Much of the 2023-2024 MLB offseason has focused to the West Coast, in Los Angeles.   The Los Angeles Dodgers have spent over a billion dollars on two free agents: two-way player Shohei Ohtani and right-handed pitcher Yoshinobu Yamamoto.  The Phillies were interested in Yamamoto, though along the way the reportedly were pessimistic about their chances to sign him.  According to a report, we now know just how involved the Phillies were.

In his latest MLB free agency update ESPN's Jeff Passan reported that the Phillies were one of the teams whose offer exceeded the $300-million mark for Yamamoto.   Yamamoto ultimately received $325 million from the Los Angeles Dodgers, over 12 years.  It is unclear how many years the Phillies offered.

For travel reasons, the West Coast has had an advantage to sign Japanese players; to travel back to Japan is usually an additional six-hour flight from the East Coast.  Therefore, teams in the bidding, reportedly the New York Yankees, the New York Mets, and the Phillies, were already at a geographical disadvantage.

So what does this mean for the 2024 Phillies?   So far the club has been pretty quiet.  Aside from re-signing their own player early in Aaron Nola, the Phillies have not made any moves.

Even after the Yamamoto signing, the Phillies were reportedly still interested in another free-agent starting pitcher. 

This seems to indicate two things:

1) The Phillies know they need another starting pitcher.  While Phillies president of baseball operations Dave Dombrowski says that the Phillies rotation is "set", there are still depth questions about the Phillies rotation.   As it stands now, the rotation is Nola, Zack Wheeler, Ranger Suárez, Taijuan Walker and Cristopher Sanchez.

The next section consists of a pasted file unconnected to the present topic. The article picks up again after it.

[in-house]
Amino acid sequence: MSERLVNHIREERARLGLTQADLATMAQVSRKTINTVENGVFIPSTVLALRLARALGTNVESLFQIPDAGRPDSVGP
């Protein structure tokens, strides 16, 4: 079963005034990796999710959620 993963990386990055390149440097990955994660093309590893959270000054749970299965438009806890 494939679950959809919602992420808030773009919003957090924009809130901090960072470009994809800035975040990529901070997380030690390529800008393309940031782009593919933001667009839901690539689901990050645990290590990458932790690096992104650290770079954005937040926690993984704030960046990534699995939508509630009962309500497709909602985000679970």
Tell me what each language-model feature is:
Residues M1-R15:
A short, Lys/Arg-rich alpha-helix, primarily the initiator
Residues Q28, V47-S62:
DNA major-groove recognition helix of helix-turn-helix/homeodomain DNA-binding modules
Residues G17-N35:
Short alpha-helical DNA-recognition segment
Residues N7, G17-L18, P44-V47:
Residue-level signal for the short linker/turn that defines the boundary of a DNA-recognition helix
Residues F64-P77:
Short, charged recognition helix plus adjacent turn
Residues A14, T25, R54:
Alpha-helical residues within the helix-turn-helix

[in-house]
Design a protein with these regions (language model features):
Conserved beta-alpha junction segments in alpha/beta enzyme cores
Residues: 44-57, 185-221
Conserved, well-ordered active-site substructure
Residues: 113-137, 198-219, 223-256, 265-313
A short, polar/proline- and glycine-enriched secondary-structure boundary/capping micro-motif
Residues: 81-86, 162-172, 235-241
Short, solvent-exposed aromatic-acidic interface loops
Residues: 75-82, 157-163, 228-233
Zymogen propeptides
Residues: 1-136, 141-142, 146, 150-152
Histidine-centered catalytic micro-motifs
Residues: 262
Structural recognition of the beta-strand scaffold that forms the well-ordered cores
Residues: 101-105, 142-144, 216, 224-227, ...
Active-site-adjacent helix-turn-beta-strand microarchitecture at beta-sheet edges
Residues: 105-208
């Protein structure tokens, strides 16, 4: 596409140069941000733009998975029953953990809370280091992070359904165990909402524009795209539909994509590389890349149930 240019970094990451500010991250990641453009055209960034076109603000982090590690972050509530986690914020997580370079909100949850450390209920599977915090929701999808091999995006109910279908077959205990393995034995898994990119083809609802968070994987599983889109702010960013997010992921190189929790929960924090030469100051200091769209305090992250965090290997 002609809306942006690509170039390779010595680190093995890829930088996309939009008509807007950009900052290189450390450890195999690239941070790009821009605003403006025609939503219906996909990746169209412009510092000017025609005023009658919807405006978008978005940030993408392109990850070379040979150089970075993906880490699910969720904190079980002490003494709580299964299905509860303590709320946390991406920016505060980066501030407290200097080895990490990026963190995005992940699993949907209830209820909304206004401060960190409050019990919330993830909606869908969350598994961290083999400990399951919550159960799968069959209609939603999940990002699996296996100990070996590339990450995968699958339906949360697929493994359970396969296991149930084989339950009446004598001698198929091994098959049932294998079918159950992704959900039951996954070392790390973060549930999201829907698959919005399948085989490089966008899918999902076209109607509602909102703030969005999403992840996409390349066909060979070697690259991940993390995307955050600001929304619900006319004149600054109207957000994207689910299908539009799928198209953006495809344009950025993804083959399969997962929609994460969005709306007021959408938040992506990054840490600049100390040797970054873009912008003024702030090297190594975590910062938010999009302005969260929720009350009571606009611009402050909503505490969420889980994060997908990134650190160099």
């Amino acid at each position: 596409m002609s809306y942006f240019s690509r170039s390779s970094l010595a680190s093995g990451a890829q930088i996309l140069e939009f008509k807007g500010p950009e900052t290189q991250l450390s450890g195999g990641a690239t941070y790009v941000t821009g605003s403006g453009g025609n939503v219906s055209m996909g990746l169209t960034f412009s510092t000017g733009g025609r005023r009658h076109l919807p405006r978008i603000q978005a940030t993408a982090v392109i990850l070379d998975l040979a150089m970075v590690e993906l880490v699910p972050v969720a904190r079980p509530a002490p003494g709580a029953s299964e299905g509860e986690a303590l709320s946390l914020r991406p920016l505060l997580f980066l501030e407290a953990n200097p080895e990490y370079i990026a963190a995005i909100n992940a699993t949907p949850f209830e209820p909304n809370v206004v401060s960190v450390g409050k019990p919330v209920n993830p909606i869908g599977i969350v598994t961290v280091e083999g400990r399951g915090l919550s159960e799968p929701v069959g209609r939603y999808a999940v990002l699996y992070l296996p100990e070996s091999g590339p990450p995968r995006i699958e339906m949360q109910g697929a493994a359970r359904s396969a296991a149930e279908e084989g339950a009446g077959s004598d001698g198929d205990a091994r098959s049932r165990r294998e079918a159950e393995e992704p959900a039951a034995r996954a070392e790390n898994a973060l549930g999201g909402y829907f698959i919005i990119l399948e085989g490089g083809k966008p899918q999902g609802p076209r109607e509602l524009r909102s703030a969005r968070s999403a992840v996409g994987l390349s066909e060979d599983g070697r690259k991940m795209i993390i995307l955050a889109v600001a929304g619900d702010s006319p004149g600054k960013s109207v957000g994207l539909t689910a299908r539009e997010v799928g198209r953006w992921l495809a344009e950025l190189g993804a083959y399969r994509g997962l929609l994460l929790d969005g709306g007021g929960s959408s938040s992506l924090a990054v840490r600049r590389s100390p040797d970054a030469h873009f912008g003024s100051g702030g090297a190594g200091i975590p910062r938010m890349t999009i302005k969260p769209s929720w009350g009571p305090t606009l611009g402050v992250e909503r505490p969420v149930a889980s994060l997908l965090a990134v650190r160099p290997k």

That might be OK in itself, but last season the Phillies did not want to use Walker or Sanchez in the playoffs, and every starting rotation has an injury at some point.  The Phillies have no obvious depth behind Sanchez.  Adding another starter makes sense.

2) The Phillies might be pessimistic about their chances to extend Zack Wheeler.  The Phillies indicated that they were interested in doing so.   It does sound, however, that Wheeler is content in being a free agent next year.

Should Wheeler walk, there is no guarantee of an internal option to replace him, even as Andrew Painter recovers from "Tommy John" surgery and Mick Abel continues to develop.

We are just five or so weeks from pitchers and catchers to report to Spring Training.  Between now and there, expect to see something happen.

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